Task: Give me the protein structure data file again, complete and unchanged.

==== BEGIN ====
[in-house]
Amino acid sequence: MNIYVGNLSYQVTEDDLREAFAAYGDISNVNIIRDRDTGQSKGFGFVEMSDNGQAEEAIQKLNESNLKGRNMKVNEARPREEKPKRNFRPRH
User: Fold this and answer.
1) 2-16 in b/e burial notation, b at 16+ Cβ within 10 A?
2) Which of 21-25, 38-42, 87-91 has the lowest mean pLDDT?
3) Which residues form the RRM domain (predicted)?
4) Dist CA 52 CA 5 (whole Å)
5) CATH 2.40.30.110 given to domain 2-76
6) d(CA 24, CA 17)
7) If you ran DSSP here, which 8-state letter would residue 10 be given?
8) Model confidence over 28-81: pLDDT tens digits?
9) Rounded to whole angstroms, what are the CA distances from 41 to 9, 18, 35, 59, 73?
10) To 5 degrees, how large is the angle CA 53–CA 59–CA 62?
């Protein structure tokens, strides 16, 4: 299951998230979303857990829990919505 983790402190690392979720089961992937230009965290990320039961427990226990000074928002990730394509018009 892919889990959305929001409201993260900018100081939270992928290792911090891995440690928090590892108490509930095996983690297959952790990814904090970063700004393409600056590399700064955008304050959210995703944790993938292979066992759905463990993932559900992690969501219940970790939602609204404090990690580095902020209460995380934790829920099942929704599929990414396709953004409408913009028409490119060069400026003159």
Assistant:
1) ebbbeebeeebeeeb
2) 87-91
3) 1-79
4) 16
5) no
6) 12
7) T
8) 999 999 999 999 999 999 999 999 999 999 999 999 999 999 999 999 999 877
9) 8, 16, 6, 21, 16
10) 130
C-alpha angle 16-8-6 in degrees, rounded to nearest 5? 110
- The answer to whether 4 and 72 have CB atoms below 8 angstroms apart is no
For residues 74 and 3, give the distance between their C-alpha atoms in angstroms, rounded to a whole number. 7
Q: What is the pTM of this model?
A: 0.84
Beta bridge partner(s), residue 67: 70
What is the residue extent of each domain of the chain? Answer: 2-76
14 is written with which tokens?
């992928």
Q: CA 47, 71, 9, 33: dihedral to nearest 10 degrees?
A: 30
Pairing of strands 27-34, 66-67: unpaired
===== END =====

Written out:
[in-house]
Amino acid sequence: MNIYVGNLSYQVTEDDLREAFAAYGDISNVNIIRDRDTGQSKGFGFVEMSDNGQAEEAIQKLNESNLKGRNMKVNEARPREEKPKRNFRPRH
User: Fold this and answer.
1) 2-16 in b/e burial notation, b at 16+ Cβ within 10 A?
2) Which of 21-25, 38-42, 87-91 has the lowest mean pLDDT?
3) Which residues form the RRM domain (predicted)?
4) Dist CA 52 CA 5 (whole Å)
5) CATH 2.40.30.110 given to domain 2-76
6) d(CA 24, CA 17)
7) If you ran DSSP here, which 8-state letter would residue 10 be given?
8) Model confidence over 28-81: pLDDT tens digits?
9) Rounded to whole angstroms, what are the CA distances from 41 to 9, 18, 35, 59, 73?
10) To 5 degrees, how large is the angle CA 53–CA 59–CA 62?
């Protein structure tokens, strides 16, 4: 299951998230979303857990829990919505 983790402190690392979720089961992937230009965290990320039961427990226990000074928002990730394509018009 892919889990959305929001409201993260900018100081939270992928290792911090891995440690928090590892108490509930095996983690297959952790990814904090970063700004393409600056590399700064955008304050959210995703944790993938292979066992759905463990993932559900992690969501219940970790939602609204404090990690580095902020209460995380934790829920099942929704599929990414396709953004409408913009028409490119060069400026003159």
Assistant:
1) ebbbeebeeebeeeb
2) 87-91
3) 1-79
4) 16
5) no
6) 12
7) T
8) 999 999 999 999 999 999 999 999 999 999 999 999 999 999 999 999 999 877
9) 8, 16, 6, 21, 16
10) 130
C-alpha angle 16-8-6 in degrees, rounded to nearest 5? 110
- The answer to whether 4 and 72 have CB atoms below 8 angstroms apart is no
For residues 74 and 3, give the distance between their C-alpha atoms in angstroms, rounded to a whole number. 7
Q: What is the pTM of this model?
A: 0.84
Beta bridge partner(s), residue 67: 70
What is the residue extent of each domain of the chain? Answer: 2-76
14 is written with which tokens?
């992928």
Q: CA 47, 71, 9, 33: dihedral to nearest 10 degrees?
A: 30
Pairing of strands 27-34, 66-67: unpaired